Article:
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Some have more dollars than sense, they say, so even companies that have no revenue, no profit, and a record of falling short, can easily find investors. But as Peter Lynch said in One Up On Wall Street, 'Long shots almost never pay off.'
In contrast to all that, I prefer to spend time on companies like Water Intelligence (LON:WATR), which has not only revenues, but also profits. While that doesn't make the shares worth buying at any price, you can't deny that successful capitalism requires profit, eventually. Loss-making companies are always racing against time to reach financial sustainability, but time is often a friend of the profitable company, especially if it is growing.
How Quickly Is Water Intelligence Increasing Earnings Per Share?
If a company can keep growing earnings per share (EPS) long enough, its share price will eventually follow. It's no surprise, then, that I like to invest in companies with EPS growth. I, for one, am blown away by the fact that Water Intelligence has grown EPS by 54% per year, over the last three years. That sort of growth never lasts long, but like a shooting star it is well worth watching when it happens.
Careful consideration of revenue growth and earnings before interest and taxation (EBIT) margins can help inform a view on the sustainability of the recent profit growth. While we note Water Intelligence's EBIT margins were flat over the last year, revenue grew by a solid 14% to US$34m. That's progress.
In the chart below, you can see how the company has grown earnings, and revenue, over time. To see the actual numbers, click on the chart.
Water Intelligence isn't a huge company, given its market capitalization of UK£141m. That makes it extra important to check on its balance sheet strength.
Are Water Intelligence Insiders Aligned With All Shareholders?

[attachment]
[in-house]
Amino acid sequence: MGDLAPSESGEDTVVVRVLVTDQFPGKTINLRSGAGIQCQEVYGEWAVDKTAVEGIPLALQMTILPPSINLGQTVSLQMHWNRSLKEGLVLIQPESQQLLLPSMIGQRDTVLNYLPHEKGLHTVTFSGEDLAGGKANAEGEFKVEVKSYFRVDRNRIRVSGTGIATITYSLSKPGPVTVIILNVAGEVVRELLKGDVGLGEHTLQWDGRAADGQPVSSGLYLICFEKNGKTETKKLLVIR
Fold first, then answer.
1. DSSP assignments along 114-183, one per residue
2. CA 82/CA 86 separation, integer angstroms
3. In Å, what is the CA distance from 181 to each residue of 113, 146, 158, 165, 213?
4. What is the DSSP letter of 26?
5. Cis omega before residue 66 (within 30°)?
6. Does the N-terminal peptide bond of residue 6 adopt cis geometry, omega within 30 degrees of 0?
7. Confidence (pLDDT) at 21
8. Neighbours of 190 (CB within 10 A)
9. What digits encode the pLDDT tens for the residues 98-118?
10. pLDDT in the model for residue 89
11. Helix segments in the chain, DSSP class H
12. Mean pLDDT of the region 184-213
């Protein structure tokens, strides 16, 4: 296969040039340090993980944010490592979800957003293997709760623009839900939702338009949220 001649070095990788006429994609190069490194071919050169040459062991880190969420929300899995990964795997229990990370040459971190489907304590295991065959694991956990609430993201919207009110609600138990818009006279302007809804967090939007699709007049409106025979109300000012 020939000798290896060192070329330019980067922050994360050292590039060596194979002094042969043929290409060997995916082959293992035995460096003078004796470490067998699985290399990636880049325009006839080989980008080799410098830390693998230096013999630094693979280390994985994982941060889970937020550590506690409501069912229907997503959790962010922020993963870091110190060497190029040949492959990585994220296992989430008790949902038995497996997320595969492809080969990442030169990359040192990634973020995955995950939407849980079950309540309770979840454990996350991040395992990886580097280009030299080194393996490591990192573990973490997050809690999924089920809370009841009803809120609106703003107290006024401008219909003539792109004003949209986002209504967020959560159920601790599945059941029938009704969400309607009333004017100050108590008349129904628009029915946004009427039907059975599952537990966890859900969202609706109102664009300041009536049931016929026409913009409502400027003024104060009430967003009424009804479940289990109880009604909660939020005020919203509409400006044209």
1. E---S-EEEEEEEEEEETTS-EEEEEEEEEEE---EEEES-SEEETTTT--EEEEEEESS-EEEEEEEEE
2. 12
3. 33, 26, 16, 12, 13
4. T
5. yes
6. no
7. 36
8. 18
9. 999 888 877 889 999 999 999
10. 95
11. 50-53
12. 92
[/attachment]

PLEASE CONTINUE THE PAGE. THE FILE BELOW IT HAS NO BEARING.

Like that fresh smell in the air when the rains are coming, insider buying fills me with optimistic anticipation. That's because insider buying often indicates that those closest to the company have confidence that the share price will perform well. However, small purchases are not always indicative of conviction, and insiders don't always get it right.
We haven't seen any insiders selling Water Intelligence shares, in the last year. With that in mind, it's heartening that Robert Knell, the Executive Director of the company, paid US$31k for shares at around US$4.75 each.
The good news, alongside the insider buying, for Water Intelligence bulls is that insiders (collectively) have a meaningful investment in the stock. To be specific, they have US$35m worth of shares. That's a lot of money, and no small incentive to work hard. That amounts to 25% of the company, demonstrating a degree of high-level alignment with shareholders.
Is Water Intelligence Worth Keeping An Eye On?
Water Intelligence's earnings per share growth have been levitating higher, like a mountain goat scaling the Alps. The incing on the cake is that insiders own a large chunk of the company and one has even been buying more shares. Because of the potential that it has reached an inflection point, I'd suggest Water Intelligence belongs on the top of your watchlist. You still need to take note of risks, for example - Water Intelligence has 2 warning signs we think you should be aware of.
As a growth investor I do like to see insider buying. But Water Intelligence isn't the only one. You can see a a free list of them here.
Please note the insider transactions discussed in this article refer to reportable transactions in the relevant jurisdiction.
This article by Simply Wall St is general in nature. It does not constitute a recommendation to buy or sell any stock, and does not take account of your objectives, or your financial situation. We aim to bring you long-term focused analysis driven by fundamental data. Note that our analysis may not factor in the latest price-sensitive company announcements or qualitative material. Simply Wall St has no position in any stocks mentioned.
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